A shortage of housing and falling mortgage rates should make homebuilders happier than ever, but apparently, they're not.
A monthly survey of builder sentiment fell 2 points in June to 67, and May's reading was revised down by 1 point. While anything above 50 is considered positive on the National Association of Home Builders survey, sentiment has dropped decidedly since its surge following the election of President Donald Trump.
Builders were initially euphoric over the possibility of deregulation under the new administration. An increase in state and federal regulations for land, zoning and construction lending have increased costs for builders who were already struggling with higher prices on labor and materials.
"As the housing market strengthens and more buyers enter the market, builders continue to express their frustration over an ongoing shortage of skilled labor and buildable lots that are impeding stronger growth in the single-family sector," said NAHB Chief Economist Robert Dietz.
Builders, however, claim they are not losing confidence in the administration's promise of deregulation. They already won a major victory in restrictions having to do with water, after the president in March signed an executive order that affects permitting. Confidence jumped to a high of 71 then but has since fallen.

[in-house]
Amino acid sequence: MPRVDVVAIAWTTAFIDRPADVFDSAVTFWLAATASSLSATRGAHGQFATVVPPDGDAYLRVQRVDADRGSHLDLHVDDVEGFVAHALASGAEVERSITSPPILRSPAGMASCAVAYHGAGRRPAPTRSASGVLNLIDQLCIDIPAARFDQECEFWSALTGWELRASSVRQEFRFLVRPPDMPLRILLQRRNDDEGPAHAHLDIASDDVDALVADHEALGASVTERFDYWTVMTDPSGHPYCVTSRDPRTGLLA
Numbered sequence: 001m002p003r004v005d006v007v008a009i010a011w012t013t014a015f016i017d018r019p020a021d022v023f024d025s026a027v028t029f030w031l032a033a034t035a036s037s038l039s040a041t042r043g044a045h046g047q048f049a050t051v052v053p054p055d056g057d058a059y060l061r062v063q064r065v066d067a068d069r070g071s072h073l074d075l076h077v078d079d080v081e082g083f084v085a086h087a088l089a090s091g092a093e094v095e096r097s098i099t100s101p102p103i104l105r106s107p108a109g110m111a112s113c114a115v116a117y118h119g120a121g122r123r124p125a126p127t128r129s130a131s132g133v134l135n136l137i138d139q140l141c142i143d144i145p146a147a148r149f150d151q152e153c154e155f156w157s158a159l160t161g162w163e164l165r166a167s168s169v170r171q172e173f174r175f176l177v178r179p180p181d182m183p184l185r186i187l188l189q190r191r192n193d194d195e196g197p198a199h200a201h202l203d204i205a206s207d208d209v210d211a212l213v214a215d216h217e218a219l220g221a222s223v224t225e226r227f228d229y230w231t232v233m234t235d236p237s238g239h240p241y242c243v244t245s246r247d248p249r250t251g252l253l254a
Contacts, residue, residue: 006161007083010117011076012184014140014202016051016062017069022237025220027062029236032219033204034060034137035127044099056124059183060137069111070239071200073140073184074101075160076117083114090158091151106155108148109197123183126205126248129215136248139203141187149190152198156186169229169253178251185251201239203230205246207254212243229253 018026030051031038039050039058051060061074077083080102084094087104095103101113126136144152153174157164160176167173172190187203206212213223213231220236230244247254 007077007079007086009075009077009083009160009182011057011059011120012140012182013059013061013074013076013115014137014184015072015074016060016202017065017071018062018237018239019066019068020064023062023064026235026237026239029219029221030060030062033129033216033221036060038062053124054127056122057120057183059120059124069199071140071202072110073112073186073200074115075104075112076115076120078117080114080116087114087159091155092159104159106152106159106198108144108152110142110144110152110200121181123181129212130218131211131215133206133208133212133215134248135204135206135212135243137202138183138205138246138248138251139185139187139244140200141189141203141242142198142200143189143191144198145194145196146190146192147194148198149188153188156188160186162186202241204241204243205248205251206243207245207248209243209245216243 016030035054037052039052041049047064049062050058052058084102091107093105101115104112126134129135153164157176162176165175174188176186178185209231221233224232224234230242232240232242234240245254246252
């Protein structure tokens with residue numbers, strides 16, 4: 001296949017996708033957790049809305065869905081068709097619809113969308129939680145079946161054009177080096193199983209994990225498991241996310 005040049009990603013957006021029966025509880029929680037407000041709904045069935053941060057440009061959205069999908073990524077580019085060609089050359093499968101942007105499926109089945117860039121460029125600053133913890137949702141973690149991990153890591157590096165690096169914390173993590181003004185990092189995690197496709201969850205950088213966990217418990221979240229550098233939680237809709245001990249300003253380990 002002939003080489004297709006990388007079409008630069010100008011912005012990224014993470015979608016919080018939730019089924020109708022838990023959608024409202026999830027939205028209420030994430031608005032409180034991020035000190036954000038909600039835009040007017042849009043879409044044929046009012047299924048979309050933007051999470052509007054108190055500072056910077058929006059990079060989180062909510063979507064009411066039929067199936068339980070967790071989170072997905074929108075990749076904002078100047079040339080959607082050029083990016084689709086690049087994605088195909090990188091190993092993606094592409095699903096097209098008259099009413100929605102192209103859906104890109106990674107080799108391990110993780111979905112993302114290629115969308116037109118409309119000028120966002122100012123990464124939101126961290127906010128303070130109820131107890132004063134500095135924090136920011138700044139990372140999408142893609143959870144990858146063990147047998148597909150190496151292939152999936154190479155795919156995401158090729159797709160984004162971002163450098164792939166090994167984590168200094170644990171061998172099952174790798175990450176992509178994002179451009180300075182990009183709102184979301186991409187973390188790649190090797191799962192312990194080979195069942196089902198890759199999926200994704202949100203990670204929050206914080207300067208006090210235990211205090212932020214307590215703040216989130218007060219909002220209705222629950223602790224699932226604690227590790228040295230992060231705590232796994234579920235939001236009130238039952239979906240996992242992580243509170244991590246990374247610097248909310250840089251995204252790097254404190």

"Right now, for our midyear meeting, we have 1,000 builders visiting Washington. I am not seeing any signs that our members have lost confidence in this administration. In fact, I would say they are looking forward to the next phase of Trump's agenda: finance reform," said NAHB CEO Jerry Howard.
Of the index's three components, current sales conditions fell 2 points to 73, and sales expectations over the next six months fell 2 points to 76. The component measuring buyer traffic dropped 2 points to 49, now in negative territory.
Regionally, on a three-month moving average, builder confidence in the Midwest and South each fell 1 point to 67 and 70, respectively. The Northeast and West dropped 2 points to 46 and 76, respectively.
Sales of newly built homes fell dramatically in April, the latest reading from the U.S. Census, down 11 percent for the month. Higher prices for new construction are getting in the way of strong demand, especially at the entry level.